Study: Concussion Symptoms in Children Can Linger Months after Injury

We all want active, healthy children. But sometimes, that activity can result in injury – breaks, bruises, scrapes and even concussions. While most will heal up fairly quickly, injuries like concussions take longer than to heal than maybe some parents realize. In fact, a new study found that certain symptoms (particularly emotional ones like irritability) may not show up until physical symptoms are starting to disappear. These later symptoms can sometimes linger for months.

boy bump on his head

“Patients and their families should expect the physical symptoms that they experience after a head injury to get better over the next few weeks, but that emotional symptoms may come on later, even as the physical symptoms subside,” lead researcher Dr. Matthew Eisenberg told Web MD. “Only by knowing what symptoms can be expected after a concussion can we help reassure patients and families that what they experience is normal, know when to seek additional help, and make sure that children are taking appropriate precautions in regard to school and sports to achieve a full recovery.”

Published in the journal Pediatrics by the emergency medicine division at Boston’s Children’s Hospital, which included Eisenberg and his colleagues, the study followed and tracked 235 children and young adults (ages 11 to 22) treated at a pediatric emergency department. They were followed for three months, or until their symptoms completely disappeared.

Researchers found the most common symptoms to be headache, dizziness and fatigue. These symptoms generally showed up right after the injury, and improved over time. Mental symptoms, like difficulty concentrating and taking longer to think, were also common immediately after injury.

For most children, the mental and physical symptoms started to improve within two weeks of the injury. However, 20 percent had a lingering headache that lasted as long as a month after the injury. Another 20 percent experienced fatigue or taking longer to think for as long as a month after the symptoms started.

Unlike the mental and physical symptoms, emotional symptoms seemed to take longer to develop. In fact, symptoms like irritability or frustration didn’t usually show up until after they physical symptoms started to disappear. These symptoms also lingered longer than physical and mental symptoms.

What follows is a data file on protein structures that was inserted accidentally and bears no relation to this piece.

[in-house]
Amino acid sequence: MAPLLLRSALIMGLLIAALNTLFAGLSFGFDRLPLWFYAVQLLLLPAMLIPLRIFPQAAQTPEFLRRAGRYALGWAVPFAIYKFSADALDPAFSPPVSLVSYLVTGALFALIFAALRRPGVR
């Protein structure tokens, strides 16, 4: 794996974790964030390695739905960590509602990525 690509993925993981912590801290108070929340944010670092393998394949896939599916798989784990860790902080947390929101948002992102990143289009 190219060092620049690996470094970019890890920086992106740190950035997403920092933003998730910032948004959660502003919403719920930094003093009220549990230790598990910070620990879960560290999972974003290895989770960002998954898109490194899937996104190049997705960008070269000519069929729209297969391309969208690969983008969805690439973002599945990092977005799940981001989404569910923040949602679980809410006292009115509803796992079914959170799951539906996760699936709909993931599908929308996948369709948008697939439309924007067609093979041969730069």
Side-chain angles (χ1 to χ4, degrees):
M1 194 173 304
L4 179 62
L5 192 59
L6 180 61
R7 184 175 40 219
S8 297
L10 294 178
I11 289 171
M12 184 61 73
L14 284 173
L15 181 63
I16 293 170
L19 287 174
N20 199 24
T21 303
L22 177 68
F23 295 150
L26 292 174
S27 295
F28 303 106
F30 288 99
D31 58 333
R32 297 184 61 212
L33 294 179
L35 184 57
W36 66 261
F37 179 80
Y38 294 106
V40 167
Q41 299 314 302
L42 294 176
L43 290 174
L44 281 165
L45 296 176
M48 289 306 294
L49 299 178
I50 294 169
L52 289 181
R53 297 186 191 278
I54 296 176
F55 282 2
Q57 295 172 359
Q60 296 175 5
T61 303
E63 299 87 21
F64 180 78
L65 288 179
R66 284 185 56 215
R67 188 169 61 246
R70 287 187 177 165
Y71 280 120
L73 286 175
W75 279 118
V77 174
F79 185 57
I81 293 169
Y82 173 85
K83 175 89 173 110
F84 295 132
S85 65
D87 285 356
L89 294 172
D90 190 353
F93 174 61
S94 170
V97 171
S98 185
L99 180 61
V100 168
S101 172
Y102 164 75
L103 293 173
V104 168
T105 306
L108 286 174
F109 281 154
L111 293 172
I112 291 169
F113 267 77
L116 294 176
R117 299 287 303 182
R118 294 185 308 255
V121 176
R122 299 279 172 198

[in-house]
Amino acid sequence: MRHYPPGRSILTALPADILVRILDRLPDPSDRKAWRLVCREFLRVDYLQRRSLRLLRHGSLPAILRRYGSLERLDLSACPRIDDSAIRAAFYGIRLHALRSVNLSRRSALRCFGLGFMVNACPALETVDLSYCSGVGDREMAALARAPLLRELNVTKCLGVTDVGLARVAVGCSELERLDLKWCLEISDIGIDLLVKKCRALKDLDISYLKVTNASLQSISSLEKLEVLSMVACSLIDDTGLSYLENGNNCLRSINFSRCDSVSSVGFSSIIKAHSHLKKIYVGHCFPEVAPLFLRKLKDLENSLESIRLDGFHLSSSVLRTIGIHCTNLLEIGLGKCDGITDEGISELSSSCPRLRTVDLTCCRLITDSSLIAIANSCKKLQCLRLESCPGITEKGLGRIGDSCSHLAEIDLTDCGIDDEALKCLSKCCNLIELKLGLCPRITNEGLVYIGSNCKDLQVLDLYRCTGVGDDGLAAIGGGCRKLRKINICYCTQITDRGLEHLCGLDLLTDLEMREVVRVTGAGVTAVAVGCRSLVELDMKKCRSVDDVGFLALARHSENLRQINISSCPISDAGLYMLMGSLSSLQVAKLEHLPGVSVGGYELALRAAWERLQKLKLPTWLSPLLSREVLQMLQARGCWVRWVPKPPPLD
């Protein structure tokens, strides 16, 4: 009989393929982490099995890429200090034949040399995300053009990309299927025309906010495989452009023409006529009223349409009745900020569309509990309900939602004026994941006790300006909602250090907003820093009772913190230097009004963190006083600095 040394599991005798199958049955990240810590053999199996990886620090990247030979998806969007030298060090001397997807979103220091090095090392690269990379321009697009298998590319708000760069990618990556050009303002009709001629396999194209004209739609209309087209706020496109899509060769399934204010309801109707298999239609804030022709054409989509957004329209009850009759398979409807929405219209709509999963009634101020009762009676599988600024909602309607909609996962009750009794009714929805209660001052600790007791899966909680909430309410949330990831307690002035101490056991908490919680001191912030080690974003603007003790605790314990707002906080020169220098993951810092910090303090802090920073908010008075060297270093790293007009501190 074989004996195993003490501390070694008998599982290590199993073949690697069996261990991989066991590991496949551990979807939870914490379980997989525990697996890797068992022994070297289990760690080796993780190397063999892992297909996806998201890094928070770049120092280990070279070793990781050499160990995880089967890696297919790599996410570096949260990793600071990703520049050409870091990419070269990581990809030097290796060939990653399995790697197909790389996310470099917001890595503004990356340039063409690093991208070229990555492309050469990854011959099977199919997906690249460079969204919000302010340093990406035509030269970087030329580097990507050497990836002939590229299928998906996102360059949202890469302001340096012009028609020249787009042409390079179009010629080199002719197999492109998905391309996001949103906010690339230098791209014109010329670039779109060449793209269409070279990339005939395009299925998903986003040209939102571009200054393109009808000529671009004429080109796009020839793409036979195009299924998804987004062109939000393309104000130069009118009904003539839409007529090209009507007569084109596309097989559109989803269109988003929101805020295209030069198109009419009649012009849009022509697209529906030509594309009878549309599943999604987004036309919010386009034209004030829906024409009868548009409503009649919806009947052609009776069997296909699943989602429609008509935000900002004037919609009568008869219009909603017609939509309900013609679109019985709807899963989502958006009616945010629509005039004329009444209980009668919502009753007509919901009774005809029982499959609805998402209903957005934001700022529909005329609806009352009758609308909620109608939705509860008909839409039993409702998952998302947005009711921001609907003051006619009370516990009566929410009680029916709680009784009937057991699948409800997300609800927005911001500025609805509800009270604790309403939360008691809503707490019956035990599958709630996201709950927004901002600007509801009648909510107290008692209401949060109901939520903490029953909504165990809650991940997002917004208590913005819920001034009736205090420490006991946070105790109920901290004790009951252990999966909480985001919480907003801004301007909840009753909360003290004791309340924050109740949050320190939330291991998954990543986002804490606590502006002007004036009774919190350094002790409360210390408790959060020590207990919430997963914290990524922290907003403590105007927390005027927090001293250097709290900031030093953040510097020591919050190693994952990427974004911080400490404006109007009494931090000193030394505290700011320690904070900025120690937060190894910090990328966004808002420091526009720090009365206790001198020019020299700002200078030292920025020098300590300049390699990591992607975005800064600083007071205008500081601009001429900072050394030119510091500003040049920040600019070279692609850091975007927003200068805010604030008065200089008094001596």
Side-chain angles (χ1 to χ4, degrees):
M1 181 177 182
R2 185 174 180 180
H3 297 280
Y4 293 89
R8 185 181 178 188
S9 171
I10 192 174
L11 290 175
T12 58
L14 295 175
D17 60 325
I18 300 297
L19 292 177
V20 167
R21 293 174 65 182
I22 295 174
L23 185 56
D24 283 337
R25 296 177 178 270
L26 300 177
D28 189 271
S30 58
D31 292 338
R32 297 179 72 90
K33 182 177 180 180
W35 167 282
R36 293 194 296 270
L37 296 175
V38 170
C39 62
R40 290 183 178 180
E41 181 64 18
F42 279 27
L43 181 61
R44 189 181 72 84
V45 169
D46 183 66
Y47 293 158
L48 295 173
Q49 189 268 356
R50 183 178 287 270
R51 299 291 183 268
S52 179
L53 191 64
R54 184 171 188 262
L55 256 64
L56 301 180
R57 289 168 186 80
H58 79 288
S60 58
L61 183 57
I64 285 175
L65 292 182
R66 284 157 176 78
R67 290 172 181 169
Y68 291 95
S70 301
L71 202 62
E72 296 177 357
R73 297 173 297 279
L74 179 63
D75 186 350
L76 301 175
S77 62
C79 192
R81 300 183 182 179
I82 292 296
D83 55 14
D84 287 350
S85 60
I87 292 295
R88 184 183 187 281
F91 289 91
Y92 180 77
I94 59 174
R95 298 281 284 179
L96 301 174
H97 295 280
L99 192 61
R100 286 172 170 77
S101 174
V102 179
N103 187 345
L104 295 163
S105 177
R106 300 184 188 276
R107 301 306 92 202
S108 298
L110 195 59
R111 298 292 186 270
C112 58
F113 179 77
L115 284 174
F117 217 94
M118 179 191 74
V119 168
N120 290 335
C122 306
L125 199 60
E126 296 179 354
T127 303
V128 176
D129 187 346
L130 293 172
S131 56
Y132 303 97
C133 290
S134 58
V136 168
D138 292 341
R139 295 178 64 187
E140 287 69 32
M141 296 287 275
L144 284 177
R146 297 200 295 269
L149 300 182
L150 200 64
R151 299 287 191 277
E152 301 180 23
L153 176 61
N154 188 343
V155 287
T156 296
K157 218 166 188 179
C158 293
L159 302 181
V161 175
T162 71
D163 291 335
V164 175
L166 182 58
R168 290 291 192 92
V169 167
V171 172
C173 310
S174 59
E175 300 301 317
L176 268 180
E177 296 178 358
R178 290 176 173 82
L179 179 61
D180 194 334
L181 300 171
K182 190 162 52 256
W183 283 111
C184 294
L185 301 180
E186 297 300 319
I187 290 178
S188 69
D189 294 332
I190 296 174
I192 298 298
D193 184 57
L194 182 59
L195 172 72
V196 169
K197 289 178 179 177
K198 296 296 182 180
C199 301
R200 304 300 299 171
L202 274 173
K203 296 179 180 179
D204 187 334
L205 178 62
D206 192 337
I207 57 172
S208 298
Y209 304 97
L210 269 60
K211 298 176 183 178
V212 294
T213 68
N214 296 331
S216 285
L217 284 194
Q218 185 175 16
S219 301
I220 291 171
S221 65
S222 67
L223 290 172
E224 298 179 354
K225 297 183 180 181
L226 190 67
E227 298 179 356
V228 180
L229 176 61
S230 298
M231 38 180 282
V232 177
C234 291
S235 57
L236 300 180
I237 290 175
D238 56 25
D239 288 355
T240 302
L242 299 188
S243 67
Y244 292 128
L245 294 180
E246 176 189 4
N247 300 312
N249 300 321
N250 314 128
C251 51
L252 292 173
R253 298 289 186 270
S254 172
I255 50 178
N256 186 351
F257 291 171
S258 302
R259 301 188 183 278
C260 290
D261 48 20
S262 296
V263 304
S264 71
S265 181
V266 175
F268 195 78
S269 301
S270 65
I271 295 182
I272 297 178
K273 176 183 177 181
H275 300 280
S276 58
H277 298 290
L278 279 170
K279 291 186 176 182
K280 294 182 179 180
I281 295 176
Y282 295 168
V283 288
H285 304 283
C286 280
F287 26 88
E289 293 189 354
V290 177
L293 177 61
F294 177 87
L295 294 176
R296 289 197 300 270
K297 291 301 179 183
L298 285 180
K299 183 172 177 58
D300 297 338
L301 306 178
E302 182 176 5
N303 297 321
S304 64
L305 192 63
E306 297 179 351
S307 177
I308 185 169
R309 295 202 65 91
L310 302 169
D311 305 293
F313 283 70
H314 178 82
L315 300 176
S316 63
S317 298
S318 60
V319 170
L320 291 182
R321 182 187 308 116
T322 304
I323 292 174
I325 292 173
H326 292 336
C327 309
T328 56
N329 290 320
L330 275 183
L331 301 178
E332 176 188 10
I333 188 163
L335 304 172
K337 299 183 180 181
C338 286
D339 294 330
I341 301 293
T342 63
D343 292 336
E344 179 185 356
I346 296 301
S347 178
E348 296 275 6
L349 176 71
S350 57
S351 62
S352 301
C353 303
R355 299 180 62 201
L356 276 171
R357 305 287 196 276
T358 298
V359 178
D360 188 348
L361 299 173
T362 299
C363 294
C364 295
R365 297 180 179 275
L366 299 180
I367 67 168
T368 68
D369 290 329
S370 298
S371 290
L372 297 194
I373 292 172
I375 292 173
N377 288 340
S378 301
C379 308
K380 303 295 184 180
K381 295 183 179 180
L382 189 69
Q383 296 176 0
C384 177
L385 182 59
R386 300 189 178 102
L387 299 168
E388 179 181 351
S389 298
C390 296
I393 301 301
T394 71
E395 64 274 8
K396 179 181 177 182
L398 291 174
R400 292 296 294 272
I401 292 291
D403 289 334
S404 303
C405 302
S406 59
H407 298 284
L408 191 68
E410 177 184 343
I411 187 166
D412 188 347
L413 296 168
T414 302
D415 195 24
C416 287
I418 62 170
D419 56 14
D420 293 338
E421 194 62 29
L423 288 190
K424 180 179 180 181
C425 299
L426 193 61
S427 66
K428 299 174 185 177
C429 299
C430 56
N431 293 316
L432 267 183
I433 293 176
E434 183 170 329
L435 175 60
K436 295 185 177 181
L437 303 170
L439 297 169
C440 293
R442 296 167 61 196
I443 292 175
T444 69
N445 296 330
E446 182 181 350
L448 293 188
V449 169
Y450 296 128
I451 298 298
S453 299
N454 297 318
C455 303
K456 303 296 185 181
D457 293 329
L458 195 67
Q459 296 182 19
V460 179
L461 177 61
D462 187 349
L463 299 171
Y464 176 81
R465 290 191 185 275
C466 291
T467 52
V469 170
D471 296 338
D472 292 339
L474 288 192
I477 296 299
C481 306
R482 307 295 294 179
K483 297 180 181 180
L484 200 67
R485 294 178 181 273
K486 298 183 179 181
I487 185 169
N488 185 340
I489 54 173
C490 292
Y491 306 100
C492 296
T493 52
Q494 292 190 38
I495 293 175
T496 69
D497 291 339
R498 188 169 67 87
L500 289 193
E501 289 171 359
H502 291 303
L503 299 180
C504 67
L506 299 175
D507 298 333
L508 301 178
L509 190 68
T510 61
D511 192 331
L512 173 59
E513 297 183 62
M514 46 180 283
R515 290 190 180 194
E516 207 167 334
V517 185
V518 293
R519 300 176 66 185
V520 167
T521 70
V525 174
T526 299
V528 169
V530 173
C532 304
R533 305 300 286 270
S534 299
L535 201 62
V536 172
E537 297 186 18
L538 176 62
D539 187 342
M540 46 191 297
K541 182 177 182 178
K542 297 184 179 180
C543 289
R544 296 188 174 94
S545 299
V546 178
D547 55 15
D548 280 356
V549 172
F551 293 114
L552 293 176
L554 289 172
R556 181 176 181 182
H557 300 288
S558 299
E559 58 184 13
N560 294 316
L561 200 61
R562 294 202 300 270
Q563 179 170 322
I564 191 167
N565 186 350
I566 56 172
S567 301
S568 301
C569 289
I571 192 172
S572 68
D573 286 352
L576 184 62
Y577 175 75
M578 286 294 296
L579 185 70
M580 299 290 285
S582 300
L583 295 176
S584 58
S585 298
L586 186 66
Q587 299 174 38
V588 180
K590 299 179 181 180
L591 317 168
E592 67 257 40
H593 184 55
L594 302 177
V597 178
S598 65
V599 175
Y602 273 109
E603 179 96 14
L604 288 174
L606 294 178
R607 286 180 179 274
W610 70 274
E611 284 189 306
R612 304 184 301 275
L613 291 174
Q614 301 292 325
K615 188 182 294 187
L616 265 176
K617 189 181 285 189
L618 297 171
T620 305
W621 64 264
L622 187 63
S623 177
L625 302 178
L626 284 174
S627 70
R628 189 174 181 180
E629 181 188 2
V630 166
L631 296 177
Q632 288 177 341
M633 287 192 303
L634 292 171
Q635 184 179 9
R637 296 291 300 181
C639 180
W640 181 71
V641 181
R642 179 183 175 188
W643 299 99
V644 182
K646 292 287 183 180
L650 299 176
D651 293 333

“It takes longer than people think to fully recover from a concussion. My experience is that kids who still have symptoms two weeks after a concussion are going to have a very hard time, and it’s going to be a struggle to get them to the point where they have no symptoms,” Dr. John Kuluz, director of traumatic brain injury and neurorehabilitation at Miami Children’s Hospital told Web MD.

Kuluz recommends that parents keep children out of school for the first couple of days after a concussion. After that, they should gradually work towards a more normal routine, starting with half days (or as much as they can tolerate) until all symptoms disappear.

“Keeping a child out of school for too long will have a negative effect on their mental health. They will become anxious, they’ll become irritable, because they worry about falling behind,” he said. “But if they go back too soon without teachers being aware of their condition, they can fail, and it happens a lot.”

Kuluz also says that sports should be completely omitted from a child’s schedule until after all symptoms have disappeared. Once they are better, sports and other high impact/potentially injuring activities should be gradually reintroduced.

In addition to treating concussions with mental and physical rest, Kuluz says that symptoms should be treated accordingly. If the child is suffering from a headache, ibuprofen should be given. If they are having trouble sleeping, melatonin or other drugs (monitored by a physician) should be administered. Other possibilities for treatment include physical therapy (which Kuluz highly recommends for children suffering from vision or balance problems).

“Therapy also helps you find your threshold for exertion,” he said. “Many of my kids find that very helpful.”

Kuluz also says it’s very important for parents to seek out a doctor experienced in dealing with concussions if symptoms last for more than two or three days after injury. This will ensure that the child receives the best course of treatment in the weeks and months to come.

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About the author


Kate Givans is a wife and a mother of five—four sons (one with autism) and a daughter. She’s an advocate for breastfeeding, women’s rights, against domestic violence, and equality for all. When not writing—be it creating her next romance novel or here on Growing Your Baby—Kate can be found discussing humanitarian issues, animal rights, eco-awareness, food, parenting, and her favorite books and shows on Twitter or Facebook. Laundry is the bane of her existence, but armed with a cup of coffee, she sometimes she gets it done.

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